The Curious Case of ‘Male Witches’

Brijmohan Oraon, 77, a resident of Sukmar village in Jharkhand, plaintively says: “I don’t know what to do. They call me a bisaha (a male witch) and stopped talking to me.” Oraon has been labelled a witch by his neighbours, who are also his relatives. In 2009, his nephew branded him a bisaha and accused him of casting an evil eye on his family.

Those branded witches do not always experience a mob trial. Survivors are often labelled as witches by their family members or relatives.

“Every time an accident or an unpleasant incident happened in the family, I was blamed. I approached key persons in the village, following which a meeting was held in the presence of the sarpanch (village head) and villagers. A sulahnama (compromise) was signed,” he says. However, recently, his nephew, Jaighar Oraon, once again started branding him a witch. He approached the JSLPS Garima centre to register a case against the charges levelled against him and sought justice. After the paralegals at Garima intervened, a new sulahnama (compromise bond) was signed on January 30, 2023.

From a Child Bride to Dayan: The Story of a ‘Mad Woman’

“They drove me insane. I live like the way mad people live,” says Kunti Devi. Hailing from Phursi village in Hazaribaug district of Jharkhand, she was married off when she was 12 to Suresh Mahto, a resident of Gorbhu Toli village, which is in Lohardaga district. Kunti Devi was tormented for two decades. Though she survived the repeated physical attacks, the mental scars are permanent. A few years into their marriage, her in-laws asked her husband to remarry as their own daughter was now of marriageable age. To escape paying a dowry for the daughter, the in-laws wanted their son to go for a golat—a system of exchange marriage.  In 2009, Kunti Devi’s aunt -in-law’s son died and she was branded a witch. I stopped going out after people started calling me dayan (witch). Family members and neighbours would hurl abuses at me. I lost my sanity,” she says.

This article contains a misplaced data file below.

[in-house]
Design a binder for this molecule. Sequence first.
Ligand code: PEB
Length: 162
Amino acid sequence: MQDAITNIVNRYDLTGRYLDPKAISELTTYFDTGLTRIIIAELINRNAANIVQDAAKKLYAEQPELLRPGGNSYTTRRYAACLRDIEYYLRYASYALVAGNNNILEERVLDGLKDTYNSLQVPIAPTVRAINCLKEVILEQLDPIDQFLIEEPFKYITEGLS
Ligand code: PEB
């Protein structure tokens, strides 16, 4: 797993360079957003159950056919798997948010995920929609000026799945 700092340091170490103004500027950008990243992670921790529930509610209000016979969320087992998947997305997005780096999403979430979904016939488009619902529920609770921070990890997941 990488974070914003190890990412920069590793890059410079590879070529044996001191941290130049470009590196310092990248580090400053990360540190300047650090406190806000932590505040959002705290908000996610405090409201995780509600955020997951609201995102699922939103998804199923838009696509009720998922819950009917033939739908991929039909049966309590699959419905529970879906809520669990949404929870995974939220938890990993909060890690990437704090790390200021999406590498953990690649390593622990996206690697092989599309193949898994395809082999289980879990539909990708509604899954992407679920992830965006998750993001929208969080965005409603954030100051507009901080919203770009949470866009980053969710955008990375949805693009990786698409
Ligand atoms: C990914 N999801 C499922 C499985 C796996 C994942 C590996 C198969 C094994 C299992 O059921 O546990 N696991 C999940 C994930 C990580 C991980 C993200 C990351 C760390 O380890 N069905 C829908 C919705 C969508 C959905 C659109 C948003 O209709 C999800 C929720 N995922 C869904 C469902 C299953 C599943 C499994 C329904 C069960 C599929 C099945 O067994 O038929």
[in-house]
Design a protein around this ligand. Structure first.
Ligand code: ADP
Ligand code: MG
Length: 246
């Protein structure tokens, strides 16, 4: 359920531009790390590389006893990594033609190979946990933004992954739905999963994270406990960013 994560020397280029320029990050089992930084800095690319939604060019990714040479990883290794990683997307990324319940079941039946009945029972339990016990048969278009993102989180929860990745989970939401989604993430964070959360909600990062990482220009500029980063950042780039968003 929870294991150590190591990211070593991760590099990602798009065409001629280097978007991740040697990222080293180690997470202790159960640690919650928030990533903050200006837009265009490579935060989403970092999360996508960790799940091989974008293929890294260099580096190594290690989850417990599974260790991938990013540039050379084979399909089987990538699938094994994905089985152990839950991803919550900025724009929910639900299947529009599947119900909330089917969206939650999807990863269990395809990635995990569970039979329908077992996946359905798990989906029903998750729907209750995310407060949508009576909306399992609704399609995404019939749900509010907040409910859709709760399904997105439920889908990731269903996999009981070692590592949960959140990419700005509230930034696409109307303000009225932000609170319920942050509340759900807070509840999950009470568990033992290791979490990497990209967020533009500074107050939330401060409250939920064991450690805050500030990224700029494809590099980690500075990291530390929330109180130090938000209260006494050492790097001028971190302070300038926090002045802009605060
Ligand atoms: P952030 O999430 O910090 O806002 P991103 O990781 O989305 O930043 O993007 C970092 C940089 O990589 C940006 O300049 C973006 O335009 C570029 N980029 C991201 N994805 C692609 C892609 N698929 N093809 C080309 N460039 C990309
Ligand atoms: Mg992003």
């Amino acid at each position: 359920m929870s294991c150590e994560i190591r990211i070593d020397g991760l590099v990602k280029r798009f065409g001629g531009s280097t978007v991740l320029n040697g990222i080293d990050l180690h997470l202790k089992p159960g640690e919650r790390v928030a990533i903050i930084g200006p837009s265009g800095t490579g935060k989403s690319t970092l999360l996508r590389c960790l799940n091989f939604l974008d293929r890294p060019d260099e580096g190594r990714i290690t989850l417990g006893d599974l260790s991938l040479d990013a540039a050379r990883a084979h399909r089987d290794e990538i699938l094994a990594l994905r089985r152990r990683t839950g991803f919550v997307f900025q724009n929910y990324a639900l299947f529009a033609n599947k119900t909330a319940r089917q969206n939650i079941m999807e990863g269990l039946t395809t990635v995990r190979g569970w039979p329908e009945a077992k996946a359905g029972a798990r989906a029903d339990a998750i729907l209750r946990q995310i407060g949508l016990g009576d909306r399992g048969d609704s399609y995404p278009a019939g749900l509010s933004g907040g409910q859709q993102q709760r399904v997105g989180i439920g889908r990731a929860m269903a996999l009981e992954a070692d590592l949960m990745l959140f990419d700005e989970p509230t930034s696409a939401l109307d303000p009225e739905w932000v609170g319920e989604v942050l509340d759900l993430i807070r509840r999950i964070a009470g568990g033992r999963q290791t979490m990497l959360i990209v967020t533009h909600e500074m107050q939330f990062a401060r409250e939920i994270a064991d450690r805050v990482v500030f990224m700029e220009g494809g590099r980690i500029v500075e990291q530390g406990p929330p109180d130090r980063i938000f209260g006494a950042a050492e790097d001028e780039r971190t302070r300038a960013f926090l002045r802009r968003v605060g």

The couple eventually moved out. On October 8, 2011, she spoke to Saraswati Devi, the village mukhiya (head), following which a community-level meeting was called, which was attended by panchayat (council) representatives and villagers. A compromise was reached and a bond was signed. However, four years later, in 2016, her brother-in-law and his wife once again branded her a dayan. With the help of JSLPS paralegals, a new compromise was signed in the end of January this year. However, in February first week, her brother-in-law barged into her house in the absence of her husband and tore it apart.  When asked why she never sought any legal help, she says:  “The thana (police station) people don’t listen to us. They always take the side of the rich and the powerful. These laws are not for us.”

The Vicious Cycle

Do these sulahnamas help in restoring the dignity of witch hunt survivors? Mukherjee says the most common vested interests seen in the cases of witch hunting include land grabbing, sexual violence, family feud or revenge. Speaking to Outlook, Lakra says: “Most instances of witch hunts can be traced back to regions with low levels of educational attainment, slight or non-existent economic growth and limited or non-existent access to medical treatment.” When Outlook visited some of the villages, this was quite evident. For most villages, quality healthcare and education are a distant dream. The absence of education and healthcare allows concepts like superstition and patriarchy to flourish.

Even as project Garima nears the end of its first phase, there are many who don’t know about it. “What is the Garima project? I have never heard of it. It never reached our locality,” says Peiro Devi of Angada, who lives around 60 km away from the capital city of Ranchi.

(This appeared in the print edition as "The Predators Among Us")